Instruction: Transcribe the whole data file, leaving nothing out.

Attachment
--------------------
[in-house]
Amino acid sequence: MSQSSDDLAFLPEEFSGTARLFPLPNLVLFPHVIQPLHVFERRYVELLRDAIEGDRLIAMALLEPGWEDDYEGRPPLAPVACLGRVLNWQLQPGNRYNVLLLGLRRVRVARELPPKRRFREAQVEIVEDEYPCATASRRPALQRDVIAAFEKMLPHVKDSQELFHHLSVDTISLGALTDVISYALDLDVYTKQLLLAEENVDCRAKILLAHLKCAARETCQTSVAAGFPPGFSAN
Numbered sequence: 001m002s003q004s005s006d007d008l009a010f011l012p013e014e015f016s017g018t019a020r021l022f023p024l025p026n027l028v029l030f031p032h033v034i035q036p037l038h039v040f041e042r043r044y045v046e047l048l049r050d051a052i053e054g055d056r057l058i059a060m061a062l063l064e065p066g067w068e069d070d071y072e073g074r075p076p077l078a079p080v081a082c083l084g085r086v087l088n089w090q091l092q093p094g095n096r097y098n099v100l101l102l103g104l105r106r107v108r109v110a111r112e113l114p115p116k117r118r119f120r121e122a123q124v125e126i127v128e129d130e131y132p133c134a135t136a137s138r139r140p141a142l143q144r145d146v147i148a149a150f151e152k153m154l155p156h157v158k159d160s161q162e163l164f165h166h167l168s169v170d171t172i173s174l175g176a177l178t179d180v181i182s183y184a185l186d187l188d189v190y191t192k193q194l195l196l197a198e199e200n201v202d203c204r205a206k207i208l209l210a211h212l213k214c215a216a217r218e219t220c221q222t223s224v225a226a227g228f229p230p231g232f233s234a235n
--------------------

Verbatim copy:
[in-house]
Amino acid sequence: MSQSSDDLAFLPEEFSGTARLFPLPNLVLFPHVIQPLHVFERRYVELLRDAIEGDRLIAMALLEPGWEDDYEGRPPLAPVACLGRVLNWQLQPGNRYNVLLLGLRRVRVARELPPKRRFREAQVEIVEDEYPCATASRRPALQRDVIAAFEKMLPHVKDSQELFHHLSVDTISLGALTDVISYALDLDVYTKQLLLAEENVDCRAKILLAHLKCAARETCQTSVAAGFPPGFSAN
Numbered sequence: 001m002s003q004s005s006d007d008l009a010f011l012p013e014e015f016s017g018t019a020r021l022f023p024l025p026n027l028v029l030f031p032h033v034i035q036p037l038h039v040f041e042r043r044y045v046e047l048l049r050d051a052i053e054g055d056r057l058i059a060m061a062l063l064e065p066g067w068e069d070d071y072e073g074r075p076p077l078a079p080v081a082c083l084g085r086v087l088n089w090q091l092q093p094g095n096r097y098n099v100l101l102l103g104l105r106r107v108r109v110a111r112e113l114p115p116k117r118r119f120r121e122a123q124v125e126i127v128e129d130e131y132p133c134a135t136a137s138r139r140p141a142l143q144r145d146v147i148a149a150f151e152k153m154l155p156h157v158k159d160s161q162e163l164f165h166h167l168s169v170d171t172i173s174l175g176a177l178t179d180v181i182s183y184a185l186d187l188d189v190y191t192k193q194l195l196l197a198e199e200n201v202d203c204r205a206k207i208l209l210a211h212l213k214c215a216a217r218e219t220c221q222t223s224v225a226a227g228f229p230p231g232f233s234a235n